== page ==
Tagan A+ El Diablo Advance Case Review
By Gabriel Torres on December 2, 2008
A+ El Diablo Advance from Tagan is a full-tower case targeted to users worried about ventilation. It has a big 330-mm side fan (with 300-mm blades), two 180 mm fans on the top (with 160-mm blades) and one 250-mm fan on the front (with 220 mm blades) – all featuring speed controller –, plus a thermometer. Let’s see if this is really a good case.
The new El-Diablo Advance is based on another case from Tagan, El Diablo. The difference between the two is the addition of the thermometer, the addition of one eSATA port and the two top fans on the Advance version.
All fans glow blue when they are turned on and three plastic parts where you can find “A+” written also glow blue when the system is turned on.
Its overall looks is at the same time aggressive (with its Jet-shaped front fan) and conservative (with a very conservative color choice) and should please both gamers and professionals. The feet can be rotated for your choice of exposed or hidden feet (like Figures 1 and 2).
El Diablo Advance features a door, which is hold to the case through a strong magnetic latch.
Luckily the jacks and connectors available on this case are installed on the top of the unit, so you don’t need to open its door every time you need to plug in a USB drive or a headset, an error found on several cases on the market. On the other hand the power and reset switches are located behind the door, so you will need to open the door every time you need to turn on your PC.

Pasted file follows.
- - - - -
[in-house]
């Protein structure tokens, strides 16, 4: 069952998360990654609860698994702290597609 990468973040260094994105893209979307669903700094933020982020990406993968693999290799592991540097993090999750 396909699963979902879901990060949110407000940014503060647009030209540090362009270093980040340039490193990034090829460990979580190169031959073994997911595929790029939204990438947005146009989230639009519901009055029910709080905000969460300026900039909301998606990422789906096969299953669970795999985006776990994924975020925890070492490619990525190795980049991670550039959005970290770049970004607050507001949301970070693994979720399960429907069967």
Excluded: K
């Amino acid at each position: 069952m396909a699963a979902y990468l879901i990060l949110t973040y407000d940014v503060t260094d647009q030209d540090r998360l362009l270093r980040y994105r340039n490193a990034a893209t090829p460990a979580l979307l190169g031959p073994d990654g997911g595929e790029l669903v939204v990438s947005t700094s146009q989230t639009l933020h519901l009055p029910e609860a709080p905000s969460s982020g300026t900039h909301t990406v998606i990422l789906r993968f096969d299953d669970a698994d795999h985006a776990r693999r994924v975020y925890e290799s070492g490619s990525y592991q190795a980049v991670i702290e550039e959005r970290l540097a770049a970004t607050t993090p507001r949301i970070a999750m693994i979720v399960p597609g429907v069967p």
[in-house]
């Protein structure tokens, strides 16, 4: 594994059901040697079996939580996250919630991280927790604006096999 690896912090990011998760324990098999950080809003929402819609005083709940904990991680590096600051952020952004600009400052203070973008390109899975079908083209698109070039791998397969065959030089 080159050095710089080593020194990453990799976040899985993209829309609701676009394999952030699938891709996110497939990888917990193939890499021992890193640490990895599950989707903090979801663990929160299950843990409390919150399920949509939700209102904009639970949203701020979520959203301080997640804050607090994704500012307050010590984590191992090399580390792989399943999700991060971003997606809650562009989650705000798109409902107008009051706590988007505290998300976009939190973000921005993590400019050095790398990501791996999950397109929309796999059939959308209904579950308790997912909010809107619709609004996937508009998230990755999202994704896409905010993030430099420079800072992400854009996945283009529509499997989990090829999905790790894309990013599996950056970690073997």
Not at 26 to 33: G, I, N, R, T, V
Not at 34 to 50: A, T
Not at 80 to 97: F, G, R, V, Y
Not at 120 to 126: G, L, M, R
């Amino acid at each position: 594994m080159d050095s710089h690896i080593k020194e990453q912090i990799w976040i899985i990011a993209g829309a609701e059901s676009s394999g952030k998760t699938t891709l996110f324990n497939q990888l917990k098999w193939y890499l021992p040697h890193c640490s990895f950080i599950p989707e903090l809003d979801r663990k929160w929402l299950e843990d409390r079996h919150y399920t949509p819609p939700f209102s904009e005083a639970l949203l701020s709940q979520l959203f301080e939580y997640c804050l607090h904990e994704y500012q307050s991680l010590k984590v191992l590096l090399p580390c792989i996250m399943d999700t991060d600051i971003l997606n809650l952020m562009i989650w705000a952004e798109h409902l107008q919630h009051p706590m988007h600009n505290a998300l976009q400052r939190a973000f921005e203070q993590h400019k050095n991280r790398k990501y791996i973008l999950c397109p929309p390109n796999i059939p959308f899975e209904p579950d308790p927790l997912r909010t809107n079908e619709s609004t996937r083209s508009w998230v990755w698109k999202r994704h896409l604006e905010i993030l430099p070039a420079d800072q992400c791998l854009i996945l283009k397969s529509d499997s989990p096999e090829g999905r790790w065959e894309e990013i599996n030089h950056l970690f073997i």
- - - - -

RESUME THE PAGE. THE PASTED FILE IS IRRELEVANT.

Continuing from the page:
As you can see this case has five 5.25” bays and one external 3.5” bay, all of them using screwless mechanisms to hold disk drives, as we will talk about later.
The front fan is officially a 250-mm unit, but its blades measure less, 220 mm. We really think manufacturers should disclaim the real size of the fans used, because it is really frustrating to find out that a fan is actually smaller (sometime a lot) than what the manufacturer announces.
You will find an on/off switch and a speed control knob on each side of the front fan. One set is for controlling the front fan, while the other set is to control the side fan.
In Figure 6, you can see the top panel from El Diablo Advance with its two 180 mm fans. These fans use 160-mm blades and you can control their speed through a knob also available on the top panel (see it in Figure 7).
Besides the traditional microphone input and headphones output jacks and two USB ports, this case has an eSATA port and a knob for controlling the speed of the two top fans on its top panel. The thermometer is available right below them, on the rectangular black part shown in Figure 7. The two USB ports are located apart from each other, allowing you to connect two “fat” USB devices at the same time without any problem. We think this case could have come with four USB ports and a FireWire port wouldn’t be a bad idea.